Sherbrooke, North Dakota

Sherbrooke Cemetery

We shot these photos of Sherbrooke Cemetery during a visit to the nearby ghost town and namesake, Sherbrooke, North Dakota, in Steele County in October of 2013.

Sherbrooke, North Dakota

This cemetery was established in 1899 by Sherbrooke Methodist Church which has long since vanished from the town site.

Sherbrooke, North Dakota

The Oxton family name was common in this cemetery.

Sherbrooke, North Dakota

Order Books

Sherbrooke, North Dakota

The Hildebrandt family.

Sherbrooke, North Dakota

Sherbrooke, North Dakota

Look at those birth dates. These are some of the oldest headstones we’ve seen for such a nice, easily-accessible cemetery. Many times you don’t see the really old ones unless you visit a derelict cemetery.

Sherbrooke, North Dakota

Sherbrooke, North Dakota

This child’s gravesite had a simple metal nameplate that had only the letters DRAEN on it.

Sherbrooke, North Dakota

Sherbrooke, North Dakota

The Verwest family plot.

Sherbrooke, North Dakota

Sherbrooke, North Dakota

See also: Return to Sherbrooke

See also: Tyner Cemetery

Photos by Troy Larson and Terry Hinnenkamp, copyright Sonic Tremor Media LLC
Writers/Bloggers: Ghosts of North Dakota intellectual property and photo use guidelines can be found here.

Comments
4 Responses to “Sherbrooke Cemetery”
  1. Lynn Mickelson says:

    Is nice to see an ‘old’ cemetery so well kept up. Yes, a true ‘garden of memories’ for some families of so long ago. I wonder what did these folks do in their lifetime? How many kids did they have and are some of those kids still alive? Are the great or great-great grandkids still in the general area? I look at the very well kept grounds and compare that to some of the ones today that are a part of an active congregation and see some of those in very sad and unkept conditions…..weeds growing, gopher mounds, ‘should have been mowed 2 months ago and the like. In most churches that I know of, there is usually a huge supply of $$$ in the “cemetery fund”, but a lack of caring and upkeep. It really bothers me to see stones nearly tipped over or footstones (or shallow headstones) getting nearly overgrown with sod. I am sure that is not the way our ancestors wanted us to remember them. I have mentioned to various church officials that it would maybe be a good summer job for some of our youth to be hired to dress up our cemeterys some by filling in the dips and lifting up some of these long forgotten footstones before they are completely grown over. Maybe even an Eagle Scout project??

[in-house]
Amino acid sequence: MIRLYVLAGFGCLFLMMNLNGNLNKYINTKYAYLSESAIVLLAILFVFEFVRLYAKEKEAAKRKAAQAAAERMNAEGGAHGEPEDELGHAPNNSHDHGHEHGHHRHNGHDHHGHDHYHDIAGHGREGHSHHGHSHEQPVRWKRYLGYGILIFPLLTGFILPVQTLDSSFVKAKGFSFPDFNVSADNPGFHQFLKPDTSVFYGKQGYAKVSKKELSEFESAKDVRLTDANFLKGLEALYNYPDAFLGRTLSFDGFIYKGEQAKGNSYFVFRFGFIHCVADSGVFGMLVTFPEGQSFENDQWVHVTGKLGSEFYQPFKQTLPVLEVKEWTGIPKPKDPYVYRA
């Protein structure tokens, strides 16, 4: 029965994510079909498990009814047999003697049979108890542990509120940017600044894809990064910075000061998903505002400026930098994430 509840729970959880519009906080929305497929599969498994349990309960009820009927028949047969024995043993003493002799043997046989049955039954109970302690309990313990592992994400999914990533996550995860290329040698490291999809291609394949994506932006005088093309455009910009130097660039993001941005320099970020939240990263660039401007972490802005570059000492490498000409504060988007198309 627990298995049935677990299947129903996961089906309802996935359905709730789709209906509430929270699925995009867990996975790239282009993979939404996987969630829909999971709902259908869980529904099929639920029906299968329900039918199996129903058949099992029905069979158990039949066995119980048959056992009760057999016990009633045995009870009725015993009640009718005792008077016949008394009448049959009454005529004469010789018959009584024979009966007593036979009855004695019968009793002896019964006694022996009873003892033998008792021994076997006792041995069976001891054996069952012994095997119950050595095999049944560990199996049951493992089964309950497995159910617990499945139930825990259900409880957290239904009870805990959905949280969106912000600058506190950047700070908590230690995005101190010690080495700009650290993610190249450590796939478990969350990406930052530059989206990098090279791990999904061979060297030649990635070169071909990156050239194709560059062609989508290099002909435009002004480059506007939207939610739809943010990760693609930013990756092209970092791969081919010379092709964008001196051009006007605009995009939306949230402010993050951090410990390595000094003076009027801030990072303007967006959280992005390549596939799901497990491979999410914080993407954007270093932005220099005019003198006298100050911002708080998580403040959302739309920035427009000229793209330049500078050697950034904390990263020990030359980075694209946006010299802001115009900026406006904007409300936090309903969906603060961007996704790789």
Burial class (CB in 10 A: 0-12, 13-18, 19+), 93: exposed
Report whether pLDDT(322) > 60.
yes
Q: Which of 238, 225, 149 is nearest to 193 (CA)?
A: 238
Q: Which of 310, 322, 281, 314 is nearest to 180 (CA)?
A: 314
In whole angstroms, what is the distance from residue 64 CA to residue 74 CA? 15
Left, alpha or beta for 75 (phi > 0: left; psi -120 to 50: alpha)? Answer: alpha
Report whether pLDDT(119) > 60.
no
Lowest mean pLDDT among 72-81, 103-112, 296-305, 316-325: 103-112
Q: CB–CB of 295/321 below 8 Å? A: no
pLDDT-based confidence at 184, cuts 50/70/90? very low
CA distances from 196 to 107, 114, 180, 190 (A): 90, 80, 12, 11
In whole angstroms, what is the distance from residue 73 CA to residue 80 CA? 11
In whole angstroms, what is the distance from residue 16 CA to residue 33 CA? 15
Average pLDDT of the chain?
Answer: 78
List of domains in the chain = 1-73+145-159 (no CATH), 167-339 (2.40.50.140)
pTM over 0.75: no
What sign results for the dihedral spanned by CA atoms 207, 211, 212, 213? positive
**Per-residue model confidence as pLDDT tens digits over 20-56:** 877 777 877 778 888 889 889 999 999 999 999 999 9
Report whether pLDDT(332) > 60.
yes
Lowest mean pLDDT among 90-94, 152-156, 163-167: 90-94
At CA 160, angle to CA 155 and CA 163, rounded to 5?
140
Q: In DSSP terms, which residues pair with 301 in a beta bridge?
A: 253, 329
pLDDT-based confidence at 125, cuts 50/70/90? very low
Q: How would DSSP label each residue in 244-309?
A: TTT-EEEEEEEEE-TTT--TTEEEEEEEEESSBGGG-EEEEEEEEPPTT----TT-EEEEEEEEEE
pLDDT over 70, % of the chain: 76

Lynn Mickelson

    • Richard W Smith says:

      I last visited with my parents enroute to a family reunion. We visited relatives in the area and stopped at the cemetery where my aunt was buried in ’81. The families of those buried in the past and in more recent years remain interested. There is a Sexton (somewhere in the house I have his business card) employed to maintain and assist in burials.

  2. Debra says:

    I love, love , love old cemeteries. So much history and love many of the readings on the stones. I live in a town that was incorporated in the 1600′s so there are many and the stones are so beautiful.

    And I agree with you Lynn that so many are neglected, so sad. I have seen exactly that where boy scouts have taken on the project of cleaning them up. At least someone is willing to do it.

    Thanks for this post!

  3. Lee Ellison says:

    Love the old cemeterys. My family is buried at the old Perkins cemetery that is west of St. Anthony. Church is long gone but someone still cuts and trims the grass out on the praire. Great pics as always guys!!!

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